By Amy Goodman & Denis Moynihan
It has long been said that “the sun never sets on the British Empire,” referring to the United Kingdom’s colonies around the globe. Will the death of Queen Elizabeth II trigger further shrinking of the empire, as former colonies now in the British Commonwealth debate whether to permanently sever ties? With its history of slavery, concentration camps, executions and torture, what would reparations and accountability look like?
On her 21st birthday in 1947, Elizabeth, five years before her coronation as Queen, said, “I declare before you all that my whole life whether it be long or short shall be devoted to your service and the service of our great imperial family to which we all belong.”
Elizabeth was in South Africa, a British Commonwealth nation, one year before its white minority imposed the racist policies of apartheid over the majority Black and other non-white populations. Over the next half-century, South Africa’s apartheid regime, shored up by the United Kingdom and the United States, demonstrated that not all in the Queen’s “imperial family” fared well.
“I would like to see the dismantling of this notion of the Commonwealth,” Cornell University Professor Mukoma Wa Ngugi said on the Democracy Now! news hour. Mukoma was born in the U.S. but raised in Kenya, the son of renowned Kenyan writer Ngũgĩ wa Thiong’o.
“‘Commonwealth?’ Whose wealth?” Professor Mukoma wa Ngugi asked. “The book I’m working on now on Africans and African Americans took me to Keta in Ghana, where slaves were taken from. It’s very depressed [by] the aftershocks…or the trauma of slavery. Maya Angelou called it melancholic.”
“I left Keta. Then I went to Bristol in England. Bristol was a slave-trading port. It’s thriving…Most people know it now because of the dismantling of the statue of [Edward] Colston [during the George Floyd protests in 2020], who was one of the slave traders. We can see the effects of slavery, of colonialism. We can see how the wealth of England was built.”
In 1952, Elizabeth was in Kenya when she learned of the death of her father, King George VI, and became Queen. Kenya suffered for decades under British colonial rule. An organized armed resistance rose up in the 1950s, called the Mau Mau. Harvard historian Caroline Elkins documented Britain’s violence against Kenyans in her Pulitzer Prize-winning book “Imperial Reckoning: The Untold Story of Britain’s Gulag in Kenya.”
“Nearly 1.5 million Kikuyu, or Africans, were detained in detention camps, or emergency villages, barbed-wire villages, as a way of suppressing Mau Mau,” Elkins explained on Democracy Now! “This was a story about systematic violence, torture, murder and massive cover-up…serious crimes happened on the queen’s imperial watch. Her picture hung in every detention camp in Kenya as detainees were beaten in order to exact their loyalty to the British crown.”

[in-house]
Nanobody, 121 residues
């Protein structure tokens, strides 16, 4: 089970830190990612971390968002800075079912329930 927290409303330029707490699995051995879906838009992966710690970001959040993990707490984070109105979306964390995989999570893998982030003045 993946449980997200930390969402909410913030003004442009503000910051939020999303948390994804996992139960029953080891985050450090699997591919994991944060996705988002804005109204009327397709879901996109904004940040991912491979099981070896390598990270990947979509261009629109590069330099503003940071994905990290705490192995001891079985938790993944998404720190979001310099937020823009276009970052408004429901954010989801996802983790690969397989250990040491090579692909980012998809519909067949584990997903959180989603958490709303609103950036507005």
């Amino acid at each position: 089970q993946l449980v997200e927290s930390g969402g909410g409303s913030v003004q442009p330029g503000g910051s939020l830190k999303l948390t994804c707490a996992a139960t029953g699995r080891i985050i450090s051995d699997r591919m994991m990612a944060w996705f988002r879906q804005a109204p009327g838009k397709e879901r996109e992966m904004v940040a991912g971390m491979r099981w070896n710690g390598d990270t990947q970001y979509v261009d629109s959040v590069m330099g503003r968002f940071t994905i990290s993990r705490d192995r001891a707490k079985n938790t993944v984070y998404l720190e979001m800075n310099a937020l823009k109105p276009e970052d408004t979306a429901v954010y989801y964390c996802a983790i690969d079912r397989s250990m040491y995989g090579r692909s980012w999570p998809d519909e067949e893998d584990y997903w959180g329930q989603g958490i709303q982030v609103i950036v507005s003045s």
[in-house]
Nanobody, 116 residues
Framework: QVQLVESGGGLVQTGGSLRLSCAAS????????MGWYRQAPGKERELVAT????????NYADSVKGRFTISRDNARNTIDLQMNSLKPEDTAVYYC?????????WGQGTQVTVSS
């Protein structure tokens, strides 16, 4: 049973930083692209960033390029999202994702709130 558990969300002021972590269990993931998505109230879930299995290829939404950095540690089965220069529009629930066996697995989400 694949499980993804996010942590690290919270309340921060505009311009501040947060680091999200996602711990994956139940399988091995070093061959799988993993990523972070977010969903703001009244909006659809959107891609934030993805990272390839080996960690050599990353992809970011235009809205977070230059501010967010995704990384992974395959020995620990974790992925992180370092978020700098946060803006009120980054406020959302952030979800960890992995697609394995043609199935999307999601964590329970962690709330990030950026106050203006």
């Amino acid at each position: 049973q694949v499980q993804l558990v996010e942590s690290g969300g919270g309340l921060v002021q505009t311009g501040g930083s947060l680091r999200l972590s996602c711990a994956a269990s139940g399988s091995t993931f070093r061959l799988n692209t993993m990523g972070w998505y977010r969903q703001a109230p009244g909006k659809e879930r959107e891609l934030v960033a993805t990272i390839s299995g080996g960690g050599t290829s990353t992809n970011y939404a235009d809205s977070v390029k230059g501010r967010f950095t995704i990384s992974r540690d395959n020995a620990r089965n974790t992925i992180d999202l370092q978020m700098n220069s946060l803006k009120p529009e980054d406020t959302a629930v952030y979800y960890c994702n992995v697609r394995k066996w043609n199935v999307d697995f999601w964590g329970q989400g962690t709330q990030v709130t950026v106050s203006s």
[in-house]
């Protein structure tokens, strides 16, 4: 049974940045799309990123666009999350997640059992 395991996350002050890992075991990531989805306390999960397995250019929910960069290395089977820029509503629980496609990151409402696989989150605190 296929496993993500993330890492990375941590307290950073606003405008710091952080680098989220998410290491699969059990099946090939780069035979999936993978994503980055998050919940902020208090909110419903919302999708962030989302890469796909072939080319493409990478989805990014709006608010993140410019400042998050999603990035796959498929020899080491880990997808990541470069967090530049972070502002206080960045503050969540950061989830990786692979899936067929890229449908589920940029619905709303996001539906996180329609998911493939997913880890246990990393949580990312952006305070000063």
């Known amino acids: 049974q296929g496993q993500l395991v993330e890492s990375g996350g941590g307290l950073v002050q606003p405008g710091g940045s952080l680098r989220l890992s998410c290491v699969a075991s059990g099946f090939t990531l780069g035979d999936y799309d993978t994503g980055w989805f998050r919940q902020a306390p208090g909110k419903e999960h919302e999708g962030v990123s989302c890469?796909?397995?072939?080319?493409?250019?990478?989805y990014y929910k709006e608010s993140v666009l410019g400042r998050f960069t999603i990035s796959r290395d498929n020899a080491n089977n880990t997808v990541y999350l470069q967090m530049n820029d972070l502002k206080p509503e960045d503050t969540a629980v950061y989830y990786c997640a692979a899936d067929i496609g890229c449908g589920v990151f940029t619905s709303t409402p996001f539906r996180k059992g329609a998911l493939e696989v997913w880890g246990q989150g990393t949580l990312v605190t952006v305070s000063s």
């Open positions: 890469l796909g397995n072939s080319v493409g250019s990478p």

Many nations still struggle with the impacts of British colonialism. “Formerly enslaved and colonized nations and people, like those of the Caribbean, including Barbados, have been inserted in that international order in a structurally subordinate and exploitative manner,” David Comissiong, Barbados’s ambassador to the Caribbean Community, said on Democracy Now! last December, just after Barbados severed its Commonwealth relationship with the UK, removing Queen Elizabeth II as head of state and declaring itself sovereign. “Barbados was the first society in human history that was built totally on the basis of slavery — its economy, its social system, its ideology. That’s our history. The royal family was deeply involved in the British slave trade and the system of African enslavement,” Comissiong said.
The Prime Minister of the Caribbean nation of Antigua and Barbuda, Gaston Browne, announced this week that the country will hold a referendum within three years to decide on complete separation from the UK.
Dorbrene O’Marde, the chairperson of the Antigua and Barbuda Reparations Commission and an ambassador-at-large of Antigua, said this week on Democracy Now! that Queen Elizabeth II “managed to cloak the historical brutality of empire in this veneer of grandeur and pomp and pageantry and graciousness…We need to examine that history a lot more closely.”
Queen Elizabeth’s eldest son has succeeded her, and is now King Charles III. He will be confronted with rising demands for accountability and reparations for the generations of colonial exploitation that enriched the United Kingdom and the royal family, himself included. The Windsor family’s estimated wealth is in the billions of dollars.
“The CARICOM reparations plan talks of development,” Dorbrene O’Marde said. “where the hurt of enslavement and genocide continues to exist and continues to impact the lives of Caribbean people today…You have committed crimes against humanity and there is a moral and an ethical demand that you acknowledge these crimes.”
King Charles III should heed the call of these former colonial subjects, and answer for the innumerable harms inflicted worldwide in the name of the British monarchy.